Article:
I turned my attention to my next client and her five-year-old daughter, who had just come into my office. Not two minutes had gone by when my assistant, seated by the window, gasped — sharp and scary. “Nicholas!” she exclaimed. “Look! It’s that lady!” I got up out of my seat and peered through the window. My stomach turned. Fifty feet away, the woman I’d been speaking to — about death, no less — lay curled up in the fetal position out in the parking lot, only the backs of her multicolored shirt and white-haired head visible (and unmistakable) to me, with a crowd of aghast onlookers gathered around her. Carlos, the maintenance man, was waving one hand to make them keep their distance; in his other hand he pressed his cell phone to his ear. The woman’s niece stared dumbly at her crumpled aunt; another lady, who I later learned had run the woman over in her jeep as she was backing up, paced frenetically back and forth, her trembling visible even at my distance. In the time it took me to bolt up out of my cubicle and join my assistant in the doorway, it seemed to me that a small pool of blood had spread slightly under the felled woman’s body, in the area of her hip.
Sooner or later the ambulance came and took her away, and the police came and made a police report. I don’t know what her fate was. I didn’t go to her because I had clients waiting for me in the office, and there was nothing I could have done to help, except that I wondered whether I should have gone, anyway. It occurred to me that if the woman died, I would have been the last person — well, after her niece — to have had a conversation with her. This thought weighed on me all morning, like a constant pressure against my stomach. I have never seen a death; had I just seen my first? My assistant did go out and join the onlookers, and when she came back she told me that the woman had been conscious, weakly, when they took her away, and that when she fell it had been her wrist and leg that broke her fall, and not her head. These, I think, may be good signs. I tried to make much of them, because I was feeling guilty that I’d looked so shocked and hadn’t played it cool in front of the stunned- and scared-looking five-year-old girl whom I’d forgotten was peering through the doorway behind me.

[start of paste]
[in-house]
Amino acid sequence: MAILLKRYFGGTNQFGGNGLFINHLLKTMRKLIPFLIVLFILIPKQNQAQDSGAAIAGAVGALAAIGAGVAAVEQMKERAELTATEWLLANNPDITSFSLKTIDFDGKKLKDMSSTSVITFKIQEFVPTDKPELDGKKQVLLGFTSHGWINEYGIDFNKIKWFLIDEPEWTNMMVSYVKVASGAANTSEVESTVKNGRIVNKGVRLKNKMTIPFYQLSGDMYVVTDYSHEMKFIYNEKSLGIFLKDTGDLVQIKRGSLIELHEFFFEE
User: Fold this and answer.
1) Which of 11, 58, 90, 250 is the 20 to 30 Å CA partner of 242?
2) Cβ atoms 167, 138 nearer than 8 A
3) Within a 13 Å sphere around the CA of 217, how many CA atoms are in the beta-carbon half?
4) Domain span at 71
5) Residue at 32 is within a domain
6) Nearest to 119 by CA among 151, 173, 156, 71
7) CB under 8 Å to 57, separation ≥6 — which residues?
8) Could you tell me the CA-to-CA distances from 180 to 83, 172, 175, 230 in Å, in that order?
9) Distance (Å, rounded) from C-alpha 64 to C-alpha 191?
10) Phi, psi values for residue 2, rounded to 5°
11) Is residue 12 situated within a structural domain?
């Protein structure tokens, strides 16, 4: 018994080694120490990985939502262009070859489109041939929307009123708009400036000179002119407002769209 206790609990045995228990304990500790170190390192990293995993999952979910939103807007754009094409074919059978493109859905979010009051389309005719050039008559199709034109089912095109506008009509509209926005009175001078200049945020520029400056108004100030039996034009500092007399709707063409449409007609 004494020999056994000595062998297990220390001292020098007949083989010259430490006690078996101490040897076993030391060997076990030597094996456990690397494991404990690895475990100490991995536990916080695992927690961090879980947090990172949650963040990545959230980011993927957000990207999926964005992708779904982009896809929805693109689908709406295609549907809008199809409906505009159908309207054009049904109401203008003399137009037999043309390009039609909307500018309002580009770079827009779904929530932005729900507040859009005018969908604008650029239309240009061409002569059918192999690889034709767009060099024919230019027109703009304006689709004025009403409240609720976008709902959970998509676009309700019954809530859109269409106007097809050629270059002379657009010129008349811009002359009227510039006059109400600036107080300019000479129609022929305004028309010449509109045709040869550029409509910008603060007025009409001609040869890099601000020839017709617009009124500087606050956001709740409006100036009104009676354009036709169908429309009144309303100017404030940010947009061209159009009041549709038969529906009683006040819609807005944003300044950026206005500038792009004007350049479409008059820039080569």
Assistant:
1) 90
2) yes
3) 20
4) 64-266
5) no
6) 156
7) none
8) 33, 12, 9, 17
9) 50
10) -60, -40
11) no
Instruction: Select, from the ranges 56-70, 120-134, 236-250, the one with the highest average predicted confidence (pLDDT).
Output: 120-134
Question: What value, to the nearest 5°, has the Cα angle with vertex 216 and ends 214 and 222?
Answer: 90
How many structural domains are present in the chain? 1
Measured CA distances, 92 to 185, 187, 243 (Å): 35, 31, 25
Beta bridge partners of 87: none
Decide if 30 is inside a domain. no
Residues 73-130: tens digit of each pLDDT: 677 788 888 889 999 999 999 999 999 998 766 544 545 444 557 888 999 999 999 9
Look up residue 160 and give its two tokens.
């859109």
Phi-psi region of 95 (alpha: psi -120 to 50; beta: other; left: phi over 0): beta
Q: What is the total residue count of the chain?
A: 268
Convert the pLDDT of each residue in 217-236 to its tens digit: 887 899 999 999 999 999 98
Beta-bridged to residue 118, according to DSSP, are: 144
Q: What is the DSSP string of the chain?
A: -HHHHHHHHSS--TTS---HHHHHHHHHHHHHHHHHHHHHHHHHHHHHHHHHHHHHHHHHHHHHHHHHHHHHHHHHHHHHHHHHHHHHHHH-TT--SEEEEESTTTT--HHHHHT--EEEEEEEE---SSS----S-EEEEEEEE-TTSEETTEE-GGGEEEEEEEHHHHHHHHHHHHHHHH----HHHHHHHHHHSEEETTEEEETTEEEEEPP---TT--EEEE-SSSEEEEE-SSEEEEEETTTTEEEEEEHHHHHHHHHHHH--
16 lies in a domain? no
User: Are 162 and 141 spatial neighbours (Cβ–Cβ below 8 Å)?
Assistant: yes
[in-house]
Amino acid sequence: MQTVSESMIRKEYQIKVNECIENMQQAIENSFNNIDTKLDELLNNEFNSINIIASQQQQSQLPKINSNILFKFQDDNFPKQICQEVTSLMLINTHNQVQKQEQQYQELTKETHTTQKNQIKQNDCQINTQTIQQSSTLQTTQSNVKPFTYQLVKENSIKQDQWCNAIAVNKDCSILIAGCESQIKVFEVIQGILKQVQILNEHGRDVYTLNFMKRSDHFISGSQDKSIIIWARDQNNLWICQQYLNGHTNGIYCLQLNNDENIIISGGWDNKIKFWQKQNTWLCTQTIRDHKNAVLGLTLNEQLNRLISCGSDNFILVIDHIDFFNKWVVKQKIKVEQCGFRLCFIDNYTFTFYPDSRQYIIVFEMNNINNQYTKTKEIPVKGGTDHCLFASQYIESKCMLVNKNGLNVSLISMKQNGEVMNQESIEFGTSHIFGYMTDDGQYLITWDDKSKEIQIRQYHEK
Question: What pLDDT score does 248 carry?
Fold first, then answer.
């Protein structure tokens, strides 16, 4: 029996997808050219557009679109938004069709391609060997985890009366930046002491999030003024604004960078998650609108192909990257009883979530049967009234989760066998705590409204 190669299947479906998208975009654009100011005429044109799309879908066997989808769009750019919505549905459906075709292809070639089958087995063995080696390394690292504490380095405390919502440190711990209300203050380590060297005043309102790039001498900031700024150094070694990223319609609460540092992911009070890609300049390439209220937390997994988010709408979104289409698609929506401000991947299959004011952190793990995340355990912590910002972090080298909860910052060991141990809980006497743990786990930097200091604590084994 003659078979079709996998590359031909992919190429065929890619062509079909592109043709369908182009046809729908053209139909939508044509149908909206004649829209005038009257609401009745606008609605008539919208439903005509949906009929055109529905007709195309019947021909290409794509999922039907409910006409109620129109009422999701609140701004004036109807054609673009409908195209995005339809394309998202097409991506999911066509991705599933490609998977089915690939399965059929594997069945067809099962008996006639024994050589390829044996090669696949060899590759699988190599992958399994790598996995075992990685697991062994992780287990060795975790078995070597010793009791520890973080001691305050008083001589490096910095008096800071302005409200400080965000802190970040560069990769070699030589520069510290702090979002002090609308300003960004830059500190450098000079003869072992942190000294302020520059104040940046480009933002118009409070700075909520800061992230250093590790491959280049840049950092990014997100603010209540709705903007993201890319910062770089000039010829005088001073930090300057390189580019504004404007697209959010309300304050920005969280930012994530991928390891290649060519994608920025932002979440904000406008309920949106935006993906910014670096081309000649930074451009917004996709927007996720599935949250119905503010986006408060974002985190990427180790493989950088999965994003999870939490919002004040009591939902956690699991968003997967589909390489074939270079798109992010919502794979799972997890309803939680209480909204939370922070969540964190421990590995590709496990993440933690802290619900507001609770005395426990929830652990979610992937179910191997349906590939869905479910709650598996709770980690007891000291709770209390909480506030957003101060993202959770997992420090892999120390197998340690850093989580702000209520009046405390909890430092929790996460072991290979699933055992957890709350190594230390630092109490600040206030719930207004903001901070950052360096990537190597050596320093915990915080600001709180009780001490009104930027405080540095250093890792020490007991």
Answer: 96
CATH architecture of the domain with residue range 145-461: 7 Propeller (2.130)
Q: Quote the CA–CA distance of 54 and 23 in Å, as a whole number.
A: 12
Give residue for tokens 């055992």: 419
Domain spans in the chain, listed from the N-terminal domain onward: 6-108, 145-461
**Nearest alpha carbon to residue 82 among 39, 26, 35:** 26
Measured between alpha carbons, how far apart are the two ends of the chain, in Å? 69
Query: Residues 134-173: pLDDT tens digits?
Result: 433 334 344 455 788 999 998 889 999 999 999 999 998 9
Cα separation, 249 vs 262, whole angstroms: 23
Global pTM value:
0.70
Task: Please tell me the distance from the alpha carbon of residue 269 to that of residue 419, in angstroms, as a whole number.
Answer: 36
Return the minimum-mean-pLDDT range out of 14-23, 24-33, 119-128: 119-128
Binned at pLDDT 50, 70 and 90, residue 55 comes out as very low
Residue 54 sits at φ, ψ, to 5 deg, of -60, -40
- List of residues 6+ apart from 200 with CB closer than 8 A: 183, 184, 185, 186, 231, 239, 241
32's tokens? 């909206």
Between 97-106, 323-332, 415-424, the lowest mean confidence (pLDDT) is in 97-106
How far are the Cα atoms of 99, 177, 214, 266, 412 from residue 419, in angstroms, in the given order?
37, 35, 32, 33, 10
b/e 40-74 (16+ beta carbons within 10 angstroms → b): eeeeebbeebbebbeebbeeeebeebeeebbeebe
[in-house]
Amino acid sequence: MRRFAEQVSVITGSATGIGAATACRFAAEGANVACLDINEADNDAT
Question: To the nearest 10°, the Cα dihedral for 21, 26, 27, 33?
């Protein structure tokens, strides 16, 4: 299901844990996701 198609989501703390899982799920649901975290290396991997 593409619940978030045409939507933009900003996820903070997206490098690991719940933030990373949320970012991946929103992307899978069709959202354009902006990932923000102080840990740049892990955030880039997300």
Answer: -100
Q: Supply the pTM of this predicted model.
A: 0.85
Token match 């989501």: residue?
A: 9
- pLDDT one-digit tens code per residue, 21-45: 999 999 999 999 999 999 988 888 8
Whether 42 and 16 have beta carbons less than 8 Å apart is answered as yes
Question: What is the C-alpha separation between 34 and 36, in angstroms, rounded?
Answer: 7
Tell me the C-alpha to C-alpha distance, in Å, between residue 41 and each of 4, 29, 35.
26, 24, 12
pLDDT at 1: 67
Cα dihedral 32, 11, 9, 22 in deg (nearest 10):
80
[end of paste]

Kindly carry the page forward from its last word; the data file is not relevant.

I tried to call the woman’s niece, whose number I have, this morning, and to inquire after her; but no one answered the phone. I keep thinking about her broken frame lying there on the ground, as though she’d carefully gotten down on her knees and lain out to take an endless nap. Beneath and beside the culprit vehicle, she looked so very small.
I worry a lot about my homebound clients, to whom I bring food on a monthly basis. Most of them live in the Alazan-Apache Courts, the public housing projects that fringe our church. Near the beginning of my year here, one of my assistants related to me the graphic story of how she had gone to check on her older sister once and had found her sprawled out on the floor, dead for a day and rigor mortis set in and a stain of dried blood making a unicolor rainbow on the bare tiles beneath her. She had lived in the Courts, and I think that every time thereafter that I went to visit my clients, and pounded on the doorbell-less doors and didn’t get an answer right away, I had that story in the back of mind and feared that I would be the one to make such a gruesome discovery.